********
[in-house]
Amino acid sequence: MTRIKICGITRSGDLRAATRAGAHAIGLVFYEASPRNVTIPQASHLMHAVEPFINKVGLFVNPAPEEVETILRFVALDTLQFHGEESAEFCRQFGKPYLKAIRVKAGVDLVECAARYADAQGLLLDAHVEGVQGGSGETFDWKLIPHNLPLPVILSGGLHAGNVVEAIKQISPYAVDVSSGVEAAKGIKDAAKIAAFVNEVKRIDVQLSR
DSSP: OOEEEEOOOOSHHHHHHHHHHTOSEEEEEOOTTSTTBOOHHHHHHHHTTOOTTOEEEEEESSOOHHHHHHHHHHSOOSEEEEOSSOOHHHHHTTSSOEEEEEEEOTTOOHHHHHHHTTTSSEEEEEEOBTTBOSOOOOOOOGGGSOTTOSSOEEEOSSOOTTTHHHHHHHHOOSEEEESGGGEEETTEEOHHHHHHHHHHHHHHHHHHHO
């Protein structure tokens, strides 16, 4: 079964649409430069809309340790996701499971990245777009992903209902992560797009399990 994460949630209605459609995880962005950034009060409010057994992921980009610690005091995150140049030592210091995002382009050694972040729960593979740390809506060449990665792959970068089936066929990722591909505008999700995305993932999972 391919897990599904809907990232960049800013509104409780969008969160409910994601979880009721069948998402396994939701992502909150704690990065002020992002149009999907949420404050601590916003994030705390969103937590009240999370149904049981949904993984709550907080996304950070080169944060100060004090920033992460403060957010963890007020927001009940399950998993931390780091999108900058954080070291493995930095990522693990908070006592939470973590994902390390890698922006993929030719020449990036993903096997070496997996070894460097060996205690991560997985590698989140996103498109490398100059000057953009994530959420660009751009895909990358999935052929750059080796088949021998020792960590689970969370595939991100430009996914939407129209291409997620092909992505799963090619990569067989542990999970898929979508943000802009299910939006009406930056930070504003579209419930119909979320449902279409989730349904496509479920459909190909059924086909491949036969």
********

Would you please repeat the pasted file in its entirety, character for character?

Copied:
[in-house]
Amino acid sequence: MTRIKICGITRSGDLRAATRAGAHAIGLVFYEASPRNVTIPQASHLMHAVEPFINKVGLFVNPAPEEVETILRFVALDTLQFHGEESAEFCRQFGKPYLKAIRVKAGVDLVECAARYADAQGLLLDAHVEGVQGGSGETFDWKLIPHNLPLPVILSGGLHAGNVVEAIKQISPYAVDVSSGVEAAKGIKDAAKIAAFVNEVKRIDVQLSR
DSSP: OOEEEEOOOOSHHHHHHHHHHTOSEEEEEOOTTSTTBOOHHHHHHHHTTOOTTOEEEEEESSOOHHHHHHHHHHSOOSEEEEOSSOOHHHHHTTSSOEEEEEEEOTTOOHHHHHHHTTTSSEEEEEEOBTTBOSOOOOOOOGGGSOTTOSSOEEEOSSOOTTTHHHHHHHHOOSEEEESGGGEEETTEEOHHHHHHHHHHHHHHHHHHHO
């Protein structure tokens, strides 16, 4: 079964649409430069809309340790996701499971990245777009992903209902992560797009399990 994460949630209605459609995880962005950034009060409010057994992921980009610690005091995150140049030592210091995002382009050694972040729960593979740390809506060449990665792959970068089936066929990722591909505008999700995305993932999972 391919897990599904809907990232960049800013509104409780969008969160409910994601979880009721069948998402396994939701992502909150704690990065002020992002149009999907949420404050601590916003994030705390969103937590009240999370149904049981949904993984709550907080996304950070080169944060100060004090920033992460403060957010963890007020927001009940399950998993931390780091999108900058954080070291493995930095990522693990908070006592939470973590994902390390890698922006993929030719020449990036993903096997070496997996070894460097060996205690991560997985590698989140996103498109490398100059000057953009994530959420660009751009895909990358999935052929750059080796088949021998020792960590689970969370595939991100430009996914939407129209291409997620092909992505799963090619990569067989542990999970898929979508943000802009299910939006009406930056930070504003579209419930119909979320449902279409989730349904496509479920459909190909059924086909491949036969």